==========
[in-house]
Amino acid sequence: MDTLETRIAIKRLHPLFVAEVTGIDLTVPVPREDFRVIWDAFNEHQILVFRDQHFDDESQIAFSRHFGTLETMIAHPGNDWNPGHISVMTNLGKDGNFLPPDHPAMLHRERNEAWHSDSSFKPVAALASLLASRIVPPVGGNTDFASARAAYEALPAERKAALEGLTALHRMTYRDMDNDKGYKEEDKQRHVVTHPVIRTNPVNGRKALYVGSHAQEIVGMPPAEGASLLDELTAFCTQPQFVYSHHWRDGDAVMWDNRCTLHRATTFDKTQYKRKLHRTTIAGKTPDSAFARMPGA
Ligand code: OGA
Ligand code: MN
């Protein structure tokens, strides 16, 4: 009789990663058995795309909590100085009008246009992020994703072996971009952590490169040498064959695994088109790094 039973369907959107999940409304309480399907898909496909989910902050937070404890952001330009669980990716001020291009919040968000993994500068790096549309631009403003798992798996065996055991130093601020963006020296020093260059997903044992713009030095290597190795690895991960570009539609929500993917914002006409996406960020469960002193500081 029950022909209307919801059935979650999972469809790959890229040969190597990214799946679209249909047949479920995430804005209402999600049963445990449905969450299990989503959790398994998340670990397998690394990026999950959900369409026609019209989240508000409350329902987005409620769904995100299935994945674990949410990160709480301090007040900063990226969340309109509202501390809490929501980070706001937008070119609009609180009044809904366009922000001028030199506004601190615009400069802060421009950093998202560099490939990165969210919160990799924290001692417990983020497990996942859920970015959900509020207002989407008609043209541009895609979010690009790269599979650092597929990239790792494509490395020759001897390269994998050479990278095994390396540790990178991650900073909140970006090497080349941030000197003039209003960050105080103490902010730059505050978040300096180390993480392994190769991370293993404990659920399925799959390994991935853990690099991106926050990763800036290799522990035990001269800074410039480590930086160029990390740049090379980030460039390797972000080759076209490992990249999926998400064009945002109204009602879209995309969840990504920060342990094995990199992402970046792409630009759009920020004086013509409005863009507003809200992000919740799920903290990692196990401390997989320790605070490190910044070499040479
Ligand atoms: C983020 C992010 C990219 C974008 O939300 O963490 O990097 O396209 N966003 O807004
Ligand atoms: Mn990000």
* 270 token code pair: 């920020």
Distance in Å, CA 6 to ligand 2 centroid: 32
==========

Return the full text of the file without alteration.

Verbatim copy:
[in-house]
Amino acid sequence: MDTLETRIAIKRLHPLFVAEVTGIDLTVPVPREDFRVIWDAFNEHQILVFRDQHFDDESQIAFSRHFGTLETMIAHPGNDWNPGHISVMTNLGKDGNFLPPDHPAMLHRERNEAWHSDSSFKPVAALASLLASRIVPPVGGNTDFASARAAYEALPAERKAALEGLTALHRMTYRDMDNDKGYKEEDKQRHVVTHPVIRTNPVNGRKALYVGSHAQEIVGMPPAEGASLLDELTAFCTQPQFVYSHHWRDGDAVMWDNRCTLHRATTFDKTQYKRKLHRTTIAGKTPDSAFARMPGA
Ligand code: OGA
Ligand code: MN
């Protein structure tokens, strides 16, 4: 009789990663058995795309909590100085009008246009992020994703072996971009952590490169040498064959695994088109790094 039973369907959107999940409304309480399907898909496909989910902050937070404890952001330009669980990716001020291009919040968000993994500068790096549309631009403003798992798996065996055991130093601020963006020296020093260059997903044992713009030095290597190795690895991960570009539609929500993917914002006409996406960020469960002193500081 029950022909209307919801059935979650999972469809790959890229040969190597990214799946679209249909047949479920995430804005209402999600049963445990449905969450299990989503959790398994998340670990397998690394990026999950959900369409026609019209989240508000409350329902987005409620769904995100299935994945674990949410990160709480301090007040900063990226969340309109509202501390809490929501980070706001937008070119609009609180009044809904366009922000001028030199506004601190615009400069802060421009950093998202560099490939990165969210919160990799924290001692417990983020497990996942859920970015959900509020207002989407008609043209541009895609979010690009790269599979650092597929990239790792494509490395020759001897390269994998050479990278095994390396540790990178991650900073909140970006090497080349941030000197003039209003960050105080103490902010730059505050978040300096180390993480392994190769991370293993404990659920399925799959390994991935853990690099991106926050990763800036290799522990035990001269800074410039480590930086160029990390740049090379980030460039390797972000080759076209490992990249999926998400064009945002109204009602879209995309969840990504920060342990094995990199992402970046792409630009759009920020004086013509409005863009507003809200992000919740799920903290990692196990401390997989320790605070490190910044070499040479
Ligand atoms: C983020 C992010 C990219 C974008 O939300 O963490 O990097 O396209 N966003 O807004
Ligand atoms: Mn990000």
* 270 token code pair: 């920020």
Distance in Å, CA 6 to ligand 2 centroid: 32